Does the quality of Android games improve once you start paying money for them? Let’s find out with Amazon’s free app of the day giveaways.
See what lies behind the velvet rope in this installment of Around the Dumpster in 80 Minutes: Premium Edition
10000000 by EightyEight Games: $1.99
This is a tile matching game, but 10000000 has dressed it up a bit. You’re not switching pairs of tiles — you slide entire rows to line up symbols while your character races across the top of the screen. In theory, matching specific symbols helps your character overcome the obstacles he’s facing, but you can just slide tiles around as quickly as possible and things will turn out okay. 10000000 makes a big deal out of building up your “castle” and upgrading your equipment, but you’re just lifting a bunch of artificial restrictions that were placed on your ability to earn a high score.
Should you pay money for this game? You should graciously accept this game if it has been given to you as a gift (thanks, Amazon!). If you paid money for it, you got ripped off.
Arcana Defender by DifferenceGames: $1.99
Having your game skillfully mock genre clichés is tough — doing it wrong makes you look like a clumsy hack making lazy excuses for not being original. Arcana Defender avoids this challenge by intentionally making lazy excuses. You move a wizard from side to side to shoot monsters before they get to the bottom of the screen, and you can unlock spells that can help. It requires the type of frantic button-mashing that used to break my NES controllers, so I’m concerned about the effect that later levels would have on my touchscreen.
Should you pay money for this game? You should do everything in your power to avoid paying money for this game, even if it means feeding dollar bills to a goat.
Bridge Constructor Playground by Headup Games: $1.99
If you liked the original bridge building simulator, you’ll love this game. If you don’t think a 3D modeling tool with fancy graphics and the ability to earn badges should be called a “playground,” then you’ll be kind of pissed.
Should you pay money for this game? No. I’m sure there are modeling tools out there that offer better value for their money. And if you’re looking for a game about horrific bridge disasters, I’m sure there’s some version of SimCity you could be playing.
Continuity 2 by Noodlecake Studios: $0.99
I don’t know if this is supposed to be described as “quirky,” “minimalist,” or “lazy,” but running a stick figure from one point to another isn’t my idea of a good time. According to Amazon, more than 50 people gave this game a 4-star rating or above — but there are 110 people willing to give 5 stars to a tire repair kit, so that’s hardly a badge of quality. I’m sure it’s applying bold, innovative new techniques in the field of “preventing characters from moving in a straight line,” but I’m not interested.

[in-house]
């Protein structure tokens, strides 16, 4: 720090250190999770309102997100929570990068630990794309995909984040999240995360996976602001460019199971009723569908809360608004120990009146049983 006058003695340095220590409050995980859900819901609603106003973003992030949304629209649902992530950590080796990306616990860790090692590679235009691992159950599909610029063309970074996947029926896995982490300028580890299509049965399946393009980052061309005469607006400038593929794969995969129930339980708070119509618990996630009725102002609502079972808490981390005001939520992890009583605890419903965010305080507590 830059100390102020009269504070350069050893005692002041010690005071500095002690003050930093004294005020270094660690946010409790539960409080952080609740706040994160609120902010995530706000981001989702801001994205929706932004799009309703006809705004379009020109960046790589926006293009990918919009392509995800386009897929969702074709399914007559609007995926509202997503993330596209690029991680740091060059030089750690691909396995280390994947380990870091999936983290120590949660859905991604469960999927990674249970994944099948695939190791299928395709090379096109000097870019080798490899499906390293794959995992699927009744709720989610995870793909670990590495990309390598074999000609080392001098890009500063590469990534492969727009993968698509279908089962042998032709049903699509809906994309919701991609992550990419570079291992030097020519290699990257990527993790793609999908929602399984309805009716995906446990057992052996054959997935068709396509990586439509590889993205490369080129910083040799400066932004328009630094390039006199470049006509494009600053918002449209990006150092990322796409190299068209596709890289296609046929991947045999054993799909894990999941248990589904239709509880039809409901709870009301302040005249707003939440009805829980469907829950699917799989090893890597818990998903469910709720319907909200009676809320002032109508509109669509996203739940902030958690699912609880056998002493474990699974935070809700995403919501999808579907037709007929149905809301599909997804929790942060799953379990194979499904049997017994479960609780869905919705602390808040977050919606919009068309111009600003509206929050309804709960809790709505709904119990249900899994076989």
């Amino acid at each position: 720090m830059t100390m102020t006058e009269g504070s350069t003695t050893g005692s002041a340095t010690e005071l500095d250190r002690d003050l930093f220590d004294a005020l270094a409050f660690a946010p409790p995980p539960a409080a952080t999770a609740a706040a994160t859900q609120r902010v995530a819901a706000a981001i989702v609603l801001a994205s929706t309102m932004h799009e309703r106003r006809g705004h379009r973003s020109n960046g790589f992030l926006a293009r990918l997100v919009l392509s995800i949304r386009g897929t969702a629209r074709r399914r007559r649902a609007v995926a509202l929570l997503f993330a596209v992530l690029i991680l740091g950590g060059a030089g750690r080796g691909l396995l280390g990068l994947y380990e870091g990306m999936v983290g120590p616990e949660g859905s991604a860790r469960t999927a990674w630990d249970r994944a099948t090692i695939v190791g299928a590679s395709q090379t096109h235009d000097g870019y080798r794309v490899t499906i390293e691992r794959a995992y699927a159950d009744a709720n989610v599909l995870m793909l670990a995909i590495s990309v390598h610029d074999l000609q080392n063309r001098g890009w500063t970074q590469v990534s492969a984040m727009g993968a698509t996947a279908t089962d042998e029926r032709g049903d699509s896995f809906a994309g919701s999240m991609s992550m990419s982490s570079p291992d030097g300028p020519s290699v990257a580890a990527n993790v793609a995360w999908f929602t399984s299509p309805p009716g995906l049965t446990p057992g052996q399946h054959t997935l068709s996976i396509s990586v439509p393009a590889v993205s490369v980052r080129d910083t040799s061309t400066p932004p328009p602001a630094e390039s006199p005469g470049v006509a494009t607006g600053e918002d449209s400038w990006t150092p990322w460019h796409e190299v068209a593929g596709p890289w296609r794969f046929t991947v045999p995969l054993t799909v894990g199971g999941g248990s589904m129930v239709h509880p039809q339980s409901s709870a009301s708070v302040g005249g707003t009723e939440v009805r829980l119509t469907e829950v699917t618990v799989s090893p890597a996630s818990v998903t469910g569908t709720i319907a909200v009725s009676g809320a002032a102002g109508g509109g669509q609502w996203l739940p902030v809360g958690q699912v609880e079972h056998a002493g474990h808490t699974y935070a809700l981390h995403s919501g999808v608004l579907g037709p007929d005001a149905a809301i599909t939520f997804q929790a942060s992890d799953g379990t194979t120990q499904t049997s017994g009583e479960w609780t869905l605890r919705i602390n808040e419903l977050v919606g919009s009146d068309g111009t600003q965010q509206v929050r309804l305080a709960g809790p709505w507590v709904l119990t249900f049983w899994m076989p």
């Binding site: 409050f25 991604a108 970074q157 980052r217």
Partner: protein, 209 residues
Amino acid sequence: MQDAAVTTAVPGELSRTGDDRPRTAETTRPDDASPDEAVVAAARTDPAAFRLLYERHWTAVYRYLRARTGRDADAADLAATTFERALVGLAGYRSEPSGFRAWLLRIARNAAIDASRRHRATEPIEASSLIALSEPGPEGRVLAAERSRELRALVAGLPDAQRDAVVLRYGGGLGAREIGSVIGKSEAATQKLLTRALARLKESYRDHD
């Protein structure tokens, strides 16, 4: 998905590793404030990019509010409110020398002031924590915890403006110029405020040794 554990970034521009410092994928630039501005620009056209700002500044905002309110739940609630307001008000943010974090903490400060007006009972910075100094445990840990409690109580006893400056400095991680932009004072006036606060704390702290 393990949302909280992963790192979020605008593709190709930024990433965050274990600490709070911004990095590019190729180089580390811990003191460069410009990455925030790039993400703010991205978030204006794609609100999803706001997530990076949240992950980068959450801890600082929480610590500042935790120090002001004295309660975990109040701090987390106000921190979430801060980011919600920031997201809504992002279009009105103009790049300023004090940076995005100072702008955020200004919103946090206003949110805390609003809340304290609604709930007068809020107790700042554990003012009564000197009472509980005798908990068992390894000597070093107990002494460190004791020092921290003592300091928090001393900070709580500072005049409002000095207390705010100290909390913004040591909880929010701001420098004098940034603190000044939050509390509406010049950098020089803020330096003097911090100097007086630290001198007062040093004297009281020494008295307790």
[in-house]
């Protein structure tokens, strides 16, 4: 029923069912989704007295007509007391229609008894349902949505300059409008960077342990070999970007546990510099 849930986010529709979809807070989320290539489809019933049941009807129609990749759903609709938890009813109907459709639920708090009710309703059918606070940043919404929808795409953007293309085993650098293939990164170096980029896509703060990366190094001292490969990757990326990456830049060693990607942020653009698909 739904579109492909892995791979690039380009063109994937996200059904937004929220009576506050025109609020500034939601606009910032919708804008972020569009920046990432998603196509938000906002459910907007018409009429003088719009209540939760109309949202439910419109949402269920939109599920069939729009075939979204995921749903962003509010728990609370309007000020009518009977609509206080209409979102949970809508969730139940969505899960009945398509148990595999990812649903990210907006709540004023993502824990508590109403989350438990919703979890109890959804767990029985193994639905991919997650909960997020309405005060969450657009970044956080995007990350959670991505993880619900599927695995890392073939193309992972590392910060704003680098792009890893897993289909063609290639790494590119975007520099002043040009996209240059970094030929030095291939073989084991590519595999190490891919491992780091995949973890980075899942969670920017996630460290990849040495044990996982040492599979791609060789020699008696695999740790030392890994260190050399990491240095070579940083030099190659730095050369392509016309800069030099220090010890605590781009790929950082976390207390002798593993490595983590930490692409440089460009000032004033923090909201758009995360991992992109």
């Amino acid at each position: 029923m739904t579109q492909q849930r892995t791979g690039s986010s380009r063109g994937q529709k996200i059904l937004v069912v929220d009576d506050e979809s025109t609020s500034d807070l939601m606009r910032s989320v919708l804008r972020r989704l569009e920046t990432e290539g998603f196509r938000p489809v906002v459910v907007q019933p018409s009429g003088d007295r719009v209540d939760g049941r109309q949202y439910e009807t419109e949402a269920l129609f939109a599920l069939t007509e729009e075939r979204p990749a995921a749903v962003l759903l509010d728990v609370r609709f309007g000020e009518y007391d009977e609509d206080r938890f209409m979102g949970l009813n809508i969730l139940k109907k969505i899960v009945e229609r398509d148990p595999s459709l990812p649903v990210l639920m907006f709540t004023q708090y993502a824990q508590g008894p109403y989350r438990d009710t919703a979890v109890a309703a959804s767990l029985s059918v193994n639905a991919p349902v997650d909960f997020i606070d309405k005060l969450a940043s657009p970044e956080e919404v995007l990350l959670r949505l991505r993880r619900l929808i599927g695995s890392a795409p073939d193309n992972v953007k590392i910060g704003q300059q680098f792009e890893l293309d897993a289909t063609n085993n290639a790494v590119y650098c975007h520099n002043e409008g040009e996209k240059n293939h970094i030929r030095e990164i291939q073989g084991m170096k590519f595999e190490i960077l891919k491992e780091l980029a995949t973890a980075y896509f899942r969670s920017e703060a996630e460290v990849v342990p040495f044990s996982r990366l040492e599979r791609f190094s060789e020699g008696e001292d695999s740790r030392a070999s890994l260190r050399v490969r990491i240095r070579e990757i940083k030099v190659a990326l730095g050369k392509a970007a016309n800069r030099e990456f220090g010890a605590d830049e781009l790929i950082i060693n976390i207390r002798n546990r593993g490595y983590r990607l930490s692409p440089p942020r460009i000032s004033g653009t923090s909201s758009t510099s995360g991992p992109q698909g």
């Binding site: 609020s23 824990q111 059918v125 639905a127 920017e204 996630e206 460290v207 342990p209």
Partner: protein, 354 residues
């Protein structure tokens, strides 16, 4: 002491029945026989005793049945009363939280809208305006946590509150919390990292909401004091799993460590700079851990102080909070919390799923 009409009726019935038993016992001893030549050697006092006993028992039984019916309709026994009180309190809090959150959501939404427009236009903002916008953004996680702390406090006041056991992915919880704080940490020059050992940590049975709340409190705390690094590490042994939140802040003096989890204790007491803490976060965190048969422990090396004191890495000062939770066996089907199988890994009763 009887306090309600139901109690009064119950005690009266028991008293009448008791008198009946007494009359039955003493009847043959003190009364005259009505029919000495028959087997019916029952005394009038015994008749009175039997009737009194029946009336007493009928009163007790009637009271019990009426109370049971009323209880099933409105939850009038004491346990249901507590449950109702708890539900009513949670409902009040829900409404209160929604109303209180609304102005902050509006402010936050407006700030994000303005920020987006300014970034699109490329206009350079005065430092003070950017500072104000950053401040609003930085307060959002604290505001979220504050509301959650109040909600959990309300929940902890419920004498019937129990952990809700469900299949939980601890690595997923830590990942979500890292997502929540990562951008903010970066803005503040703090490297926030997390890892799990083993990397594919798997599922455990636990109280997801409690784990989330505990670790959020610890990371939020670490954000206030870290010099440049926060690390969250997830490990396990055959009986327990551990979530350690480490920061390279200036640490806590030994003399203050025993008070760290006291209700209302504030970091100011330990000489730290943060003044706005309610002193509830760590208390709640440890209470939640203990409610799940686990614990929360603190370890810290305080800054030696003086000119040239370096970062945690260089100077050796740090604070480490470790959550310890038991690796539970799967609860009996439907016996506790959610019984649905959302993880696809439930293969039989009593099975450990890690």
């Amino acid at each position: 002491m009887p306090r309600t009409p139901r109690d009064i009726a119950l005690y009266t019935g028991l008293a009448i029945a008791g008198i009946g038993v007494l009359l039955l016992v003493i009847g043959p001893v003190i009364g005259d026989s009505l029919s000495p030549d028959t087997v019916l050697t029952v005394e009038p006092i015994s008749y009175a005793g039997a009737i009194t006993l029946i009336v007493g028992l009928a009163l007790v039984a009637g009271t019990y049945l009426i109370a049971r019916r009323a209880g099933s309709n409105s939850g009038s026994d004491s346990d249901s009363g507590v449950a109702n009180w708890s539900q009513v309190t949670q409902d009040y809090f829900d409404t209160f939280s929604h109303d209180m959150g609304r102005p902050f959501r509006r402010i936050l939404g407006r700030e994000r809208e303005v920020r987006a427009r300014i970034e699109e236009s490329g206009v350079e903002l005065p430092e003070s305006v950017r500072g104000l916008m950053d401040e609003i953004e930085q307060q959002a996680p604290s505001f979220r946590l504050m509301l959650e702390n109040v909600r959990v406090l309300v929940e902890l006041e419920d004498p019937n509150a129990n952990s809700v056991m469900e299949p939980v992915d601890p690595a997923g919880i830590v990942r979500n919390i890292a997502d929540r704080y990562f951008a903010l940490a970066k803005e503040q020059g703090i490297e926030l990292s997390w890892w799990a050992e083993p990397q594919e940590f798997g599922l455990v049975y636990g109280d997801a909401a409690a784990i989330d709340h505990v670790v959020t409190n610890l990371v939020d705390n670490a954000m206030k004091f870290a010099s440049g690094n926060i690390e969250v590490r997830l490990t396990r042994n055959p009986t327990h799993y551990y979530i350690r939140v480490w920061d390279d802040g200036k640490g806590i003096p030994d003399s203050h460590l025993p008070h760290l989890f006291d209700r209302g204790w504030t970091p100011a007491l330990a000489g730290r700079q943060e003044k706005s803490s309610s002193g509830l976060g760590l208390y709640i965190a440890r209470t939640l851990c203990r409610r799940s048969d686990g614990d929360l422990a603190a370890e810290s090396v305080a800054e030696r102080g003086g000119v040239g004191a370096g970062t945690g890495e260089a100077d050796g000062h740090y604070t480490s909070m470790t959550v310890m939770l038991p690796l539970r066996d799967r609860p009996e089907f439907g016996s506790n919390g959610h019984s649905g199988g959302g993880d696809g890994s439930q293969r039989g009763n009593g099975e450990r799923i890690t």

Should you pay money for this game? You should pay money to prevent someone from installing this game on your device.
Crazy Tanks by Bootant: $0.99
It’s a thumbstick game. A thumbstick game with arena battles and upgrade abilities that aren’t tank-specific — this could just as easily have been crazy cars, or crazy bikes, or crazy skateboards, or crazy breakdancing pug dogs. This was entertaining 20 years ago when it was Spectre, but the only thing Crazy Tanks has improved on is the graphics.
Should you pay money for this game? If you’re willing to accept the word “CRAZY” flashing onscreen as a substitute for gameplay that is actually crazy, then go ahead and knock yourself out.
Game Dev Story by Kairosoft: $2.50
I thought it couldn’t be done, but Kairosoft managed to publish an Android game that’s at least as entertaining as something you could find on a Game Boy — that’s like finding a vintage Harley Davidson buried under pile of rusty bicycle wheels. Handheld devices can’t run in-depth simulators very well, but Game Dev Story does a clever job of papering over its shortcomings.
Should you pay money for this game? You should buy this game if you have money left over from an Amazon gift card. You know, after you’ve ordered just enough to qualify for free shipping, but can’t find anything else to round out your order.
Heroes of Kalevela by 10tons Ltd: 2.99
This is a matching game like Bejeweled, with special hero tiles that have different effects when matched, but the twist comes between levels. The points you earn can buy upgrades for your village, and village upgrades help you earn more points while matching. I lost entire days to a vicious feedback loop — the matching sections go quickly enough that you think you can squeeze in just one more round, but then you can’t stop because you’ve almost earned enough to improve the village. It’s surprisingly entertaining.
Should you pay money for this game? There are worse ways to spend $3.
Pudding Monsters HD by ZeptoLab: $0.99
In this puzzle game you slide blobs around so that they stick together. Since they’re slippery, they keep moving until they hit something that makes them stop (see also: Kunundrum). Zepto Labs deserves credit for giving these little guys some character; they shudder, they sway in the wind, and they watch your every move — visibly wincing when your mistakes send one hurtling to its doom. Character aside, it’s nothing you haven’t seen before.
Should you pay money for this game? I used to pay ridiculous amounts of money for games like this. Then I ran up ridiculous amounts of debt. Now I’m stuck playing whatever games Amazon is offering for free. True story.